Getting Millions Of People Listening To Your Music, With Many Giving You Money Voluntarily, Is Dumb?
from the please-explain dept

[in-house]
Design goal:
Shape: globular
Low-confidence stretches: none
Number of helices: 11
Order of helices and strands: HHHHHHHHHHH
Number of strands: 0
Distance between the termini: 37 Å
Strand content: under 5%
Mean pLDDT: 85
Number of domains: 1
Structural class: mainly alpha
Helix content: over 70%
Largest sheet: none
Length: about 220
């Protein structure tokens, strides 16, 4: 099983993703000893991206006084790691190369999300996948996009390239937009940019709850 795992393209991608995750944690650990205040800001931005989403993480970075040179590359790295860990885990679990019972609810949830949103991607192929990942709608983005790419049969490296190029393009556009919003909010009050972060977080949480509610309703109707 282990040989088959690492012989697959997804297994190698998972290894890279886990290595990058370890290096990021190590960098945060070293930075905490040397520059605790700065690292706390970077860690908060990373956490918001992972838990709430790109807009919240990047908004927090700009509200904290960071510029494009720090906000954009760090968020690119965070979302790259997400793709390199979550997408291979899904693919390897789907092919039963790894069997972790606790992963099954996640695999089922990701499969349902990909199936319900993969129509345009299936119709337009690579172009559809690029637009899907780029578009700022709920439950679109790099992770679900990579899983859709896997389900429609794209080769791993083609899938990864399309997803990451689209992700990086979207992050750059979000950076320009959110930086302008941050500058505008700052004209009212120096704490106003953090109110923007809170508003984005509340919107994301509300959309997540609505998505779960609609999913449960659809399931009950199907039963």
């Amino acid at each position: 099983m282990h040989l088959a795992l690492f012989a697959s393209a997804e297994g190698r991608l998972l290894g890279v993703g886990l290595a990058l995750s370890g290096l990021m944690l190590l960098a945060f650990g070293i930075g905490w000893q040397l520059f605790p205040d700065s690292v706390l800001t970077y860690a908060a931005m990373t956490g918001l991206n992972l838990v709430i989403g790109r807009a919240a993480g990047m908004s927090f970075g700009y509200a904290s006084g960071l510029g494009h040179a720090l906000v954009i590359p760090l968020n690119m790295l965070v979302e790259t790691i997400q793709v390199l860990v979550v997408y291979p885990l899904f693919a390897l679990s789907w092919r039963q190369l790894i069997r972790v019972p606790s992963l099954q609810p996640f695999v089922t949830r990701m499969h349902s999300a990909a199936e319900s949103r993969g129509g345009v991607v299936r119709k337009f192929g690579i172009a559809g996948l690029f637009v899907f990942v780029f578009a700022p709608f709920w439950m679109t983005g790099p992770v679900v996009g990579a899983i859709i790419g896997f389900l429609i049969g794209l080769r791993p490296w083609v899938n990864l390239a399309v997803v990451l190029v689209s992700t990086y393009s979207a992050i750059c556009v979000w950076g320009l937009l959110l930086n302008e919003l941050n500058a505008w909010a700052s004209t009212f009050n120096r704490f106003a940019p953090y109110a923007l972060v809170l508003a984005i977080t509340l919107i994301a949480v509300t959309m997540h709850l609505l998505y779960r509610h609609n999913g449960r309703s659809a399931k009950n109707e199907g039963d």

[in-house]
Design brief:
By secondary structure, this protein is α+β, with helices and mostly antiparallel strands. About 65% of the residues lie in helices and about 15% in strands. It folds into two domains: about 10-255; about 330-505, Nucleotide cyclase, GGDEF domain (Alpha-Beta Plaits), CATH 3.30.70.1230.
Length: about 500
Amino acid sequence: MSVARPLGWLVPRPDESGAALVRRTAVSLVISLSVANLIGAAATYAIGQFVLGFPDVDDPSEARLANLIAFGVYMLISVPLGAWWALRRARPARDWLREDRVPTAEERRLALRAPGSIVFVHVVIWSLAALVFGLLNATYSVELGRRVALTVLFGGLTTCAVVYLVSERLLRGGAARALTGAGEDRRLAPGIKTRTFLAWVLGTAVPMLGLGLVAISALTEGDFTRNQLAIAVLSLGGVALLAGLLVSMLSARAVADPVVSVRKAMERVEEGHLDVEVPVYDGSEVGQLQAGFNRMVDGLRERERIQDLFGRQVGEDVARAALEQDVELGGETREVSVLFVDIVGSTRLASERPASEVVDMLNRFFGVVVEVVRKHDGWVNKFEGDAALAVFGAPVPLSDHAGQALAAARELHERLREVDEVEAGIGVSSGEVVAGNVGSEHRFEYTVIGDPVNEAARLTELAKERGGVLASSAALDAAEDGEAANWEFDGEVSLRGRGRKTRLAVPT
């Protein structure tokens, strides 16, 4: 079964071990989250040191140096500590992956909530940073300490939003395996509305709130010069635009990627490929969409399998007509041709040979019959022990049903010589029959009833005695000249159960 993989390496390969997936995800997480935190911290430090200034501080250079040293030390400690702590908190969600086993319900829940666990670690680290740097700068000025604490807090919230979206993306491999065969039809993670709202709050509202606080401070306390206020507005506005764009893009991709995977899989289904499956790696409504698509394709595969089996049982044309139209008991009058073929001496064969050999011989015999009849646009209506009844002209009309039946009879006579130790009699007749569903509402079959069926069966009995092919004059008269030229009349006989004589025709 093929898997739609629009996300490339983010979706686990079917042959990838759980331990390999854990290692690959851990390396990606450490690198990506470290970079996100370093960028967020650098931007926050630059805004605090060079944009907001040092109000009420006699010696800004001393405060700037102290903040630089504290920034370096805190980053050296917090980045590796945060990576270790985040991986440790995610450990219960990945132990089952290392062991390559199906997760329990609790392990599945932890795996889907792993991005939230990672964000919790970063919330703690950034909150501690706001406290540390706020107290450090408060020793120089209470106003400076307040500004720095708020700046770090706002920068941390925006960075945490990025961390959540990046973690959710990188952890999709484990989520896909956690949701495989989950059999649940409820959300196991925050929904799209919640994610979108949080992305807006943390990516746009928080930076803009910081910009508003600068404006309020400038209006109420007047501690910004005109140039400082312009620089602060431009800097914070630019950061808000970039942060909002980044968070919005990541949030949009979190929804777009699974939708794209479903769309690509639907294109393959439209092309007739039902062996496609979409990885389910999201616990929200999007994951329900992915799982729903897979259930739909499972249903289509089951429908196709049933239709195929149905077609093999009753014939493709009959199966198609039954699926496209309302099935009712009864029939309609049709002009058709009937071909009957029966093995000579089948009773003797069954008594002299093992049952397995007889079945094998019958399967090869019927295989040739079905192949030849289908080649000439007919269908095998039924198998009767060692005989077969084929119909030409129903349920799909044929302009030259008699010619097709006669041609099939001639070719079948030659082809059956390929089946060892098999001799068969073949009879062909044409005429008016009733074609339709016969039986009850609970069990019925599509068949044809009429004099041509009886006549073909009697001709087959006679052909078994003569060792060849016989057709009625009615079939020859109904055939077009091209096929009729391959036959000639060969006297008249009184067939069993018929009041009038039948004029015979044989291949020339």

Karl writes in to point out that on Fortune/CNN's somewhat bizarre list of 101 Dumbest Moments in Business, number 59 is about Radiohead's decision to offer a name-your-own-price offering for its downloaded music. As CNN notes, "Can't wait for the follow-up album, 'In Debt." Ha ha. It then quotes the disputed Comscore numbers, suggesting that since only 38% of downloaders agreed to pay anything for the album, this is somehow a dumb move. I would argue that the only thing "dumb" here is the inclusion of this move on the list. CNN seems to think that Radiohead expected everyone to pay for the album, when even the band has clearly stated that this was a promotional move. Is CNN "dumb" for putting this article online for free? Of course not -- because they make money through other means, such as advertising. In the same way, Radiohead did quite well even if people downloaded the album for free. After all, even if the Comscore numbers are accurate, Radiohead still pulled in millions, distributed millions of tracks to fans all over the world with no promotional budget, got its name and its music talked about around the globe and found at the top of popular playlists everywhere, and got a tremendous amount of free advertising for its upcoming tour and CD box sets. Can you name a single band in the world that would turn that down? Hell, can you name a single Fortune/CNN editor who would turn that down if he were in Radiohead's shoes? Not unless he was pretty dumb. In fact, if Radiohead did anything dumb it was shutting off the download site.